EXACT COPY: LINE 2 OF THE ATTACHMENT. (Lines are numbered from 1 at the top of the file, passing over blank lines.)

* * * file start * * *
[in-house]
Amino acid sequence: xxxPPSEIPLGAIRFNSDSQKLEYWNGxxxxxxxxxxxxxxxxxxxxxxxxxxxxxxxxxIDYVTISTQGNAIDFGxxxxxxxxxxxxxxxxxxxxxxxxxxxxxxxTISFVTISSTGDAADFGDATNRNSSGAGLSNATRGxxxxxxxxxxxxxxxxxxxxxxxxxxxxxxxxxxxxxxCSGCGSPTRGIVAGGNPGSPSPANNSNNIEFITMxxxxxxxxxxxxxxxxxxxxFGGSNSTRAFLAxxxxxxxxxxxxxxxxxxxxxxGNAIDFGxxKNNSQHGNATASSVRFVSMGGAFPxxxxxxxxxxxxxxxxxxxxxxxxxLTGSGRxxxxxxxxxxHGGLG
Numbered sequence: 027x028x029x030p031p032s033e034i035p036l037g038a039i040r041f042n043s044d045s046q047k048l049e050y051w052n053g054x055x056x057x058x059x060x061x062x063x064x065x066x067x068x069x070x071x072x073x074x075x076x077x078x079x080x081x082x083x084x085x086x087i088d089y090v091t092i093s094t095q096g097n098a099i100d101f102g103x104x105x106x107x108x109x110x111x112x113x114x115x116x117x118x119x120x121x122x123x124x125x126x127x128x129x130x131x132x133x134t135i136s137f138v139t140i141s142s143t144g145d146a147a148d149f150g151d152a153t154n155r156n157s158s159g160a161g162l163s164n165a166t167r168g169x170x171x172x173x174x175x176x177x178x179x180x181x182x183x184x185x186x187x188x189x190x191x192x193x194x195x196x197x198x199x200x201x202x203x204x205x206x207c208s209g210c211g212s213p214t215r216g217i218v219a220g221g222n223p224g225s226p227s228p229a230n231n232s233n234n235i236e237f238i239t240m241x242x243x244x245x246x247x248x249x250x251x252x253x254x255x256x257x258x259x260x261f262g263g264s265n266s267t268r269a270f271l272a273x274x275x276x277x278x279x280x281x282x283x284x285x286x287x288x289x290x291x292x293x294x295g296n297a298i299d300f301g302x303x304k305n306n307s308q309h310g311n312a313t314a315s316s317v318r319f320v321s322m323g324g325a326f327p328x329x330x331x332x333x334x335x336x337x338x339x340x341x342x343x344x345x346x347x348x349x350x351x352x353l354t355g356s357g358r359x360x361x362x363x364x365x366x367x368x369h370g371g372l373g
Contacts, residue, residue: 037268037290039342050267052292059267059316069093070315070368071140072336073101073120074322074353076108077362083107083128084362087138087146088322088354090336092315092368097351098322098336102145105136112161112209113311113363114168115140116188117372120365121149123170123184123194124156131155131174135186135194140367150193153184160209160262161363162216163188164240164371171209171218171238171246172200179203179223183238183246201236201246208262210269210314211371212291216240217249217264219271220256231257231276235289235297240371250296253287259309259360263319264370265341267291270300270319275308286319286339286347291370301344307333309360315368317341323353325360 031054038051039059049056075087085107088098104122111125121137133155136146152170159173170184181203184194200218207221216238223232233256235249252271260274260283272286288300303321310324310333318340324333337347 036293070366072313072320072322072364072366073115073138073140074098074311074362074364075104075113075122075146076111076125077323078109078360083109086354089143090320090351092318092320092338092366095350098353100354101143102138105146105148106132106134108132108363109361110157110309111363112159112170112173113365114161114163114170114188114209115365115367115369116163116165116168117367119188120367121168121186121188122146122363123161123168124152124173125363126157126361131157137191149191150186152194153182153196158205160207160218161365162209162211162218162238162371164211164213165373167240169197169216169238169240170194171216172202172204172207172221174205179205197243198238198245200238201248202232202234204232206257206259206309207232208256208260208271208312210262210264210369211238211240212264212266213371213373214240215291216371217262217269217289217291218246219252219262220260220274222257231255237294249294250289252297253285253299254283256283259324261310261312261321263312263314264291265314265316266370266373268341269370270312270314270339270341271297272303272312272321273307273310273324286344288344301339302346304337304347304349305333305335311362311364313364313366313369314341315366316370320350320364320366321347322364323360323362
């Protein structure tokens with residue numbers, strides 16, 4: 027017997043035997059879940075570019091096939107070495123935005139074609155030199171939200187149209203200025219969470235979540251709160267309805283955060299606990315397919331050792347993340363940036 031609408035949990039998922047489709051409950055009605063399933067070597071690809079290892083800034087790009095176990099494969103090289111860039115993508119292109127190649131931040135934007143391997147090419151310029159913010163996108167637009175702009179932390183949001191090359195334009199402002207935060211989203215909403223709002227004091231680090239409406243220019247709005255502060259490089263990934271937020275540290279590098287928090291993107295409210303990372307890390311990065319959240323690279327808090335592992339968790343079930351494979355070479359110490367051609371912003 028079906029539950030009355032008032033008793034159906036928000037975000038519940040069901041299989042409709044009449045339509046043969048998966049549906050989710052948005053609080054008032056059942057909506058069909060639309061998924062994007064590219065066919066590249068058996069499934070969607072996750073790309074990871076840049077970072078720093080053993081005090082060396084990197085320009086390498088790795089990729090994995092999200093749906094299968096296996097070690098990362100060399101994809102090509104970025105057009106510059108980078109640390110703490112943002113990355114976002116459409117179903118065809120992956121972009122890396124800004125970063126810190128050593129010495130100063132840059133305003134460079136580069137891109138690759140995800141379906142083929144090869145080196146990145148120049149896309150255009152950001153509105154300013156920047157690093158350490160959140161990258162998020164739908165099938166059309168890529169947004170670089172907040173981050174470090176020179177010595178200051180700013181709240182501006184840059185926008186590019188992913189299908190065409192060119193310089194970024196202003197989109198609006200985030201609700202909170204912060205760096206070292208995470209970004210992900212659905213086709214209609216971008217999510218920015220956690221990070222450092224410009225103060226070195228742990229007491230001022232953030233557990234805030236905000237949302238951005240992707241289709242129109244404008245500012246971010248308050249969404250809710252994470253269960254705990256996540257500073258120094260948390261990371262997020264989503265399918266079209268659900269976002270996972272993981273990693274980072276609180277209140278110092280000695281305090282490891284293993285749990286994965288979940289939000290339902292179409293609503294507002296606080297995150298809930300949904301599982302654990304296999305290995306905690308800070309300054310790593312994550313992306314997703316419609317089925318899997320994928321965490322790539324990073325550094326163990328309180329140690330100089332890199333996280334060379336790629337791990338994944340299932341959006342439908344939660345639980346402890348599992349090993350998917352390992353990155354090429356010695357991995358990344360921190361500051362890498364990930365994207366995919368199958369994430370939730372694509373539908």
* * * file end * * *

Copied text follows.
Amino acid sequence: xxxPPSEIPLGAIRFNSDSQKLEYWNGxxxxxxxxxxxxxxxxxxxxxxxxxxxxxxxxxIDYVTISTQGNAIDFGxxxxxxxxxxxxxxxxxxxxxxxxxxxxxxxTISFVTISSTGDAADFGDATNRNSSGAGLSNATRGxxxxxxxxxxxxxxxxxxxxxxxxxxxxxxxxxxxxxxCSGCGSPTRGIVAGGNPGSPSPANNSNNIEFITMxxxxxxxxxxxxxxxxxxxxFGGSNSTRAFLAxxxxxxxxxxxxxxxxxxxxxxGNAIDFGxxKNNSQHGNATASSVRFVSMGGAFPxxxxxxxxxxxxxxxxxxxxxxxxxLTGSGRxxxxxxxxxxHGGLG